Friends threatened bodily harm when I mentioned I was on my way to see The Savages, Tamara Jenkins look at adult children trying to deal with their ailing fathers impending death. Having just survived a similar story myself, they said, was enough. Frankly, I tended to agree with them. And then I saw the movie.
This savage comedy (yes, it is a comedy, and often a very funny one, at that) begins with the incomparable Laura Linney living not so large in New York, scrambling after hours at her temp job to send out applications for artistic grants. When her married lover shows up for a quicky, she misses the message on the answering machine about her estranged father who, it seems, is spreading feces on the wall of the home he shares with his long time girlfriend in Sun City, Arizona. Quickly, we all discover said girl has died, left Dad with no place to live and its up to the kids to fly out and do something.
One of the great distinctions here is that Jenkins has chosen to make the sister the screwup, not the brother, played marvelously by Philip Seymour Hoffman, who, while not totally together, is at least on his way. So often, it is the male who is shown as the immature partner, the one who the smart, take charge woman must put up with. Here, in a refreshing twist, our leading lady is an appealing mess. While much of that is thanks to the savvy writing, when Linney walks into father Philip Boscos hospital room, sees the filling urine bag hanging from the side metal bar, and she reacts like a terrified deer in the headlights, I knew we were into some pretty important territory.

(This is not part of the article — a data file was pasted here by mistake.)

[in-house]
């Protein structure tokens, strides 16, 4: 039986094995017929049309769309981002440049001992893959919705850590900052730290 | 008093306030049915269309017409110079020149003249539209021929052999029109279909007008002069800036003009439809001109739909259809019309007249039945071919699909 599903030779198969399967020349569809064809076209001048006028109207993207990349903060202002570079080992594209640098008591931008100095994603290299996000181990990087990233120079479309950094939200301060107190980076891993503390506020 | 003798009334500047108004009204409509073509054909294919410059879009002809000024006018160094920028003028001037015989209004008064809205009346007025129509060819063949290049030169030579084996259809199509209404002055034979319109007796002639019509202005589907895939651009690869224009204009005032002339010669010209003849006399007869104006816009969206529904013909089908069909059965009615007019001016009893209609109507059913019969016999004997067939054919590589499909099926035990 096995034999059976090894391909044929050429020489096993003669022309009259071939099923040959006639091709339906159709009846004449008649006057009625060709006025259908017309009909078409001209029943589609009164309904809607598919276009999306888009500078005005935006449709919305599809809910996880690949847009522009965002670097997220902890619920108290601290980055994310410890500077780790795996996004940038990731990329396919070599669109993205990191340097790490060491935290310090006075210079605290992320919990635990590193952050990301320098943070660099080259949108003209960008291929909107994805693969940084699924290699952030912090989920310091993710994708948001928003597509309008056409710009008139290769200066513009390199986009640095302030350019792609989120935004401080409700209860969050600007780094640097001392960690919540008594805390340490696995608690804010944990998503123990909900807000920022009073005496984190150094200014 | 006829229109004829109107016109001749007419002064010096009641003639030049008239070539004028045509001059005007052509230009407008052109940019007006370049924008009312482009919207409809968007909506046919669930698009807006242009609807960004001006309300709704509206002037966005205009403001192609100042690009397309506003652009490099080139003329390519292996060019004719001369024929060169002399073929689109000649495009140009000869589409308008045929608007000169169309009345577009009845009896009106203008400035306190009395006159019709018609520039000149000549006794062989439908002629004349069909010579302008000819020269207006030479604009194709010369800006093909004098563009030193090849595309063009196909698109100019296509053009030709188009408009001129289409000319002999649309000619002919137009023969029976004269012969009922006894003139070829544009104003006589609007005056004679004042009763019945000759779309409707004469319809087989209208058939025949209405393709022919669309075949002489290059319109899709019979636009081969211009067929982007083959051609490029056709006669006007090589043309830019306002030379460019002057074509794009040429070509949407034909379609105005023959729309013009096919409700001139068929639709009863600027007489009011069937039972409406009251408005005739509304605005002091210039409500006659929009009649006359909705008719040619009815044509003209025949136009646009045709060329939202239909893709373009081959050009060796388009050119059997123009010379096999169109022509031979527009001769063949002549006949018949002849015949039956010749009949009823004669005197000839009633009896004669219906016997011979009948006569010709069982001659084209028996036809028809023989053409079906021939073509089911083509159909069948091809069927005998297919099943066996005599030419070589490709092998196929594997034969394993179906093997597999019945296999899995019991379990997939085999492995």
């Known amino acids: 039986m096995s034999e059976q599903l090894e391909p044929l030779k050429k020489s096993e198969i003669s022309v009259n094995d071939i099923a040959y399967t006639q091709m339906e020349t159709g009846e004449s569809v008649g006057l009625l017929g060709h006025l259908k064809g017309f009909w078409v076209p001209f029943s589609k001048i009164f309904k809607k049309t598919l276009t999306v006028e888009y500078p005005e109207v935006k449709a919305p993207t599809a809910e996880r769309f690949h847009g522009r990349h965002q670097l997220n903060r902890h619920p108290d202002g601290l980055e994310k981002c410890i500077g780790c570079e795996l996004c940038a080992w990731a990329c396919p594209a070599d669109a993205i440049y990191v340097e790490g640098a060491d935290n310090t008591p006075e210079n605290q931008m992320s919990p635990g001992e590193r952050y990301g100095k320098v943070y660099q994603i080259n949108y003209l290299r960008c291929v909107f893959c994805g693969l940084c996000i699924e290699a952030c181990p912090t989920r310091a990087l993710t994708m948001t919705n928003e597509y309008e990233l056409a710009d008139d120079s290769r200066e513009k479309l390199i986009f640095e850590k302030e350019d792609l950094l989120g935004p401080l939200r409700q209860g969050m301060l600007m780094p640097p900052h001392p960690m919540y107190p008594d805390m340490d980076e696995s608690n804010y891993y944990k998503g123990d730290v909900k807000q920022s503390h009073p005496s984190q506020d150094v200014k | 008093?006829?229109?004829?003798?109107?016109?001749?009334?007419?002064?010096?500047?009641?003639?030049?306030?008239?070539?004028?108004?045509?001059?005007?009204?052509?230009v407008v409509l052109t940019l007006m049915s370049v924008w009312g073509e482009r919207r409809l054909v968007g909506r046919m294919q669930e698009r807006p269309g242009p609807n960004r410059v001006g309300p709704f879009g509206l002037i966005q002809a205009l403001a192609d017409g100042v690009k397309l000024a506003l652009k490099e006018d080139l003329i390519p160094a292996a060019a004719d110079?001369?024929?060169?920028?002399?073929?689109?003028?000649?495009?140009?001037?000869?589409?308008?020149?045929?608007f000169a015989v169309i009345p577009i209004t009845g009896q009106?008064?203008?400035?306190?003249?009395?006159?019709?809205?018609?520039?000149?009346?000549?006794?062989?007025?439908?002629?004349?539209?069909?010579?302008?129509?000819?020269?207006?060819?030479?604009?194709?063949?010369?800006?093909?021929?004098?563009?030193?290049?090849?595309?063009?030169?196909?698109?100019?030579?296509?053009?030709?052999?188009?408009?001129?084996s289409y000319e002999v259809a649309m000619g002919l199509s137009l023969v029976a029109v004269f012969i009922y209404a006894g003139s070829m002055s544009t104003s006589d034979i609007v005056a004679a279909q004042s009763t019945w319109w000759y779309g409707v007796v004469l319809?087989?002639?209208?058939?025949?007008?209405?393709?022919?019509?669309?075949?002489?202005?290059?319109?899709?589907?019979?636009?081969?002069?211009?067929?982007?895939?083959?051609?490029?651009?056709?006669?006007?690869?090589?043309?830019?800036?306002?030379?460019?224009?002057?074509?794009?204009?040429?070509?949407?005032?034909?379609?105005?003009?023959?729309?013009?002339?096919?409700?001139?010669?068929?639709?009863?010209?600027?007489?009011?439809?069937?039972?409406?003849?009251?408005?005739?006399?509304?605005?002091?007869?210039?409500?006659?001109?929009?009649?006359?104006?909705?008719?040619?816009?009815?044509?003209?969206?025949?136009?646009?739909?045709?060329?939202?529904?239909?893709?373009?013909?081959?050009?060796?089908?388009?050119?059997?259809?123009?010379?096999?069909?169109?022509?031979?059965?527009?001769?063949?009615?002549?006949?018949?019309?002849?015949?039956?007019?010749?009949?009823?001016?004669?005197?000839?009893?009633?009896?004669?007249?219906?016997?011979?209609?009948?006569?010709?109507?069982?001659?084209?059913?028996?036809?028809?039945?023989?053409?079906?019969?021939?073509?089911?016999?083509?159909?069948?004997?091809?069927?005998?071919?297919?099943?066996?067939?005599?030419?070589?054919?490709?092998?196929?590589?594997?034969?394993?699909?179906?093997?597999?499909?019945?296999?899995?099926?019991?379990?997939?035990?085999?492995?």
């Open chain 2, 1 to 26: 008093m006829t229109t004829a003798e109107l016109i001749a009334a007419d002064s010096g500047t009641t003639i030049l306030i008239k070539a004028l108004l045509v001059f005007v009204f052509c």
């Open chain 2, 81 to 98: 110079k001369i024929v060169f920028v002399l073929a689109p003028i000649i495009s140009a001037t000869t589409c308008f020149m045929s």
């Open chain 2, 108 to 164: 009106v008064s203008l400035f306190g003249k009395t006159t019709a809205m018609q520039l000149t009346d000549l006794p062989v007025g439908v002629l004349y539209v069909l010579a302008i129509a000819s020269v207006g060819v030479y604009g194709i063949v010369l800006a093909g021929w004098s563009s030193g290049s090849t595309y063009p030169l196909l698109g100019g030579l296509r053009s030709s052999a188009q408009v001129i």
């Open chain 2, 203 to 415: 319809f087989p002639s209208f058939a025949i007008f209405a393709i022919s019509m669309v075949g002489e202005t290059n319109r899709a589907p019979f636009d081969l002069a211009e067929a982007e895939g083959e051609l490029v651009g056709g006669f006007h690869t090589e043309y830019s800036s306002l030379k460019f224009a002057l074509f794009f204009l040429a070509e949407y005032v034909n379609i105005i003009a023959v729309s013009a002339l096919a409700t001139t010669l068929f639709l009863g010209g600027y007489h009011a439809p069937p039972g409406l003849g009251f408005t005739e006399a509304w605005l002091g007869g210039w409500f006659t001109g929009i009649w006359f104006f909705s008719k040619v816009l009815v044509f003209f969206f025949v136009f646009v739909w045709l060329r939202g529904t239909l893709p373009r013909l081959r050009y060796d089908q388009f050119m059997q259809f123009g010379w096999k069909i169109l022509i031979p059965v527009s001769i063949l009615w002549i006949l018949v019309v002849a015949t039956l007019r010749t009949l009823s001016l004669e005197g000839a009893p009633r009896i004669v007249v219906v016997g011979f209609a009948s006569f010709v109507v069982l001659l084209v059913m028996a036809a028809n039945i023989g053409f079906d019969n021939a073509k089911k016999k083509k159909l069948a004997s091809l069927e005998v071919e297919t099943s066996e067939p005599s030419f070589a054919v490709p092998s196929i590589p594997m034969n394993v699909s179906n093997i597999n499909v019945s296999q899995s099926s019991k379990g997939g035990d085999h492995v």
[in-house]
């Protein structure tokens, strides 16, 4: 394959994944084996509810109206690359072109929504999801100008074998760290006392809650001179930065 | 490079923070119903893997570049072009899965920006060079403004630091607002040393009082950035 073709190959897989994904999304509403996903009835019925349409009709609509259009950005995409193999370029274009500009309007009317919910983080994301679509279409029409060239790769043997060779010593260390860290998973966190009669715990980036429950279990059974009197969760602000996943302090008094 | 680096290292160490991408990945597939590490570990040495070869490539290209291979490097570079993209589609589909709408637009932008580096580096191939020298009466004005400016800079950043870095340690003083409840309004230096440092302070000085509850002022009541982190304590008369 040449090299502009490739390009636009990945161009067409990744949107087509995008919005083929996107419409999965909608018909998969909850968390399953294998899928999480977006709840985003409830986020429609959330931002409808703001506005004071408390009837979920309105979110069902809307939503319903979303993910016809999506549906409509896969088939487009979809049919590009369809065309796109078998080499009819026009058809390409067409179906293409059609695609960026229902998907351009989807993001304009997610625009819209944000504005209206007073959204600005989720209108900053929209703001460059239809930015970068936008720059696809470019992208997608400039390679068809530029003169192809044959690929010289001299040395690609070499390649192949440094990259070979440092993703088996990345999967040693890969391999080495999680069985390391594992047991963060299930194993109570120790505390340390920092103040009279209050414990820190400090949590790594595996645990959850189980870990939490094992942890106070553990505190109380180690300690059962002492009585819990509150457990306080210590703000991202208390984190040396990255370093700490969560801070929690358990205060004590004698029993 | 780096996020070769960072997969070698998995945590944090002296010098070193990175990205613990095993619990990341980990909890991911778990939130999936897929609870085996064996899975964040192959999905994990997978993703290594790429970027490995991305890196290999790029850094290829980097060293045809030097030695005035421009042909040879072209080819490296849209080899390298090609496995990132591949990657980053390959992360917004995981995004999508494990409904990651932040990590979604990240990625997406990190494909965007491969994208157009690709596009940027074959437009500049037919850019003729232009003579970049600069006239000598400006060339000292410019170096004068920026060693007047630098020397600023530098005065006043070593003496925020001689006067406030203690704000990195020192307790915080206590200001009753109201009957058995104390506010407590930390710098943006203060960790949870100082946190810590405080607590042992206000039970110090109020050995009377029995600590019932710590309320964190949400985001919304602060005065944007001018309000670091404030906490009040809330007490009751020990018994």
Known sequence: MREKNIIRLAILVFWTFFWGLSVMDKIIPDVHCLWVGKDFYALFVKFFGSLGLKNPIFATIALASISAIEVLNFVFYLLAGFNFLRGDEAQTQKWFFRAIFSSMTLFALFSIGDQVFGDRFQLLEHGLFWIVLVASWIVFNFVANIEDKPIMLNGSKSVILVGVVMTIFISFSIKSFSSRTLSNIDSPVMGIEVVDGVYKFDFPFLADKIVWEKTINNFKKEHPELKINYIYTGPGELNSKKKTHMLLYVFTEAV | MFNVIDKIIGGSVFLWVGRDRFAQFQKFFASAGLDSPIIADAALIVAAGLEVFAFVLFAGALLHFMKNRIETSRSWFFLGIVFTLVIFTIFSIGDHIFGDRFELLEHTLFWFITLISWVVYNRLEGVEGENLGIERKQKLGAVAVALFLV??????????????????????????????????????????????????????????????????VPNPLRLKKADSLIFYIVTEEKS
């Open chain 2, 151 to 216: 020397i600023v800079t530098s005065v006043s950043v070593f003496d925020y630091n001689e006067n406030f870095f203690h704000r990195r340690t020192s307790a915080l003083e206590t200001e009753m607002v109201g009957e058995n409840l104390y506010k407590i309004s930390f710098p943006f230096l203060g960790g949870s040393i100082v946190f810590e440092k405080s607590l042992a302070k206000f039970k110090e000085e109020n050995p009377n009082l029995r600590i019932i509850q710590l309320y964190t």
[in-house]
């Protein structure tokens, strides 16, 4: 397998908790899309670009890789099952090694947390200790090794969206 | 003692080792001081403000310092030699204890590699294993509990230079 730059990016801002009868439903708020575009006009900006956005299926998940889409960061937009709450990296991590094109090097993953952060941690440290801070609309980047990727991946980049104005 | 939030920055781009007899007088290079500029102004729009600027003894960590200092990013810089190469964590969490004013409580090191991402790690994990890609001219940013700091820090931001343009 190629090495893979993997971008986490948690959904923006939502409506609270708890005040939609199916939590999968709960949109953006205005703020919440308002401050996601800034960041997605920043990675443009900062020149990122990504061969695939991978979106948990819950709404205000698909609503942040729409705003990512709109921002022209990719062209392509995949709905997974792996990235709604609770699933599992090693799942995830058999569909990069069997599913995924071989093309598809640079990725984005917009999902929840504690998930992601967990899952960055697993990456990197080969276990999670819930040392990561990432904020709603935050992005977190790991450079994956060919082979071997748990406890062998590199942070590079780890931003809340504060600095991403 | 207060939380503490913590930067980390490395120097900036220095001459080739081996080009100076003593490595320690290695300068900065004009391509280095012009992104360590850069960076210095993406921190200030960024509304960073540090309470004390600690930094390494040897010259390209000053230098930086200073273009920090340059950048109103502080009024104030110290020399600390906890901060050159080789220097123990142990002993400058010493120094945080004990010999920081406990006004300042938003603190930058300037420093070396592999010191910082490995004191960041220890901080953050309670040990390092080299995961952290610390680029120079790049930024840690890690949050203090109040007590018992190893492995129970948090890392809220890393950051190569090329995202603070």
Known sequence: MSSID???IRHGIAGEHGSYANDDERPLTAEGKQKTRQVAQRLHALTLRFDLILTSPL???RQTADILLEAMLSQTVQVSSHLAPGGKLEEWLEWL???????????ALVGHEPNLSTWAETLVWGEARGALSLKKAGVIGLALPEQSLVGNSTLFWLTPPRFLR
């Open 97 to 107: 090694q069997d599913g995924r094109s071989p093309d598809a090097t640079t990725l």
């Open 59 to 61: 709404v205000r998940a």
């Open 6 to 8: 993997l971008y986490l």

Few movies, especially comedies, have even dared to deal honestly with what so many are dealing with in real life not just the fact that so many adults are now responsible for aged parents, but also the truth that most of us really dont have a clue as to how to do it.
We, products of the me generation, are concerned with our own careers, partners and offspring (here the four pawed kind) and just dont know how to add more to the mix. We also dont get the program, the legalities, the nursing home stuff, the remembering to try and be kind to someone who is in no mood to be kind back.
Linney and Hoffman are absolutely fabulous, both individually and together, as wary siblings learning to actually appreciate one another. In a few short scenes, Bosco shows us why his children, who have kept away so long, are still under his spell. But their work doesnt come as a surprise: after all, these are three of our finest actors. It is the screenplay and unsentimental direction of Jenkins, whom we havent heard from since Slums of Beverly Hills that thrills. With this terrific movie, she shows us that sometimes, growing up can happen in the strangest places.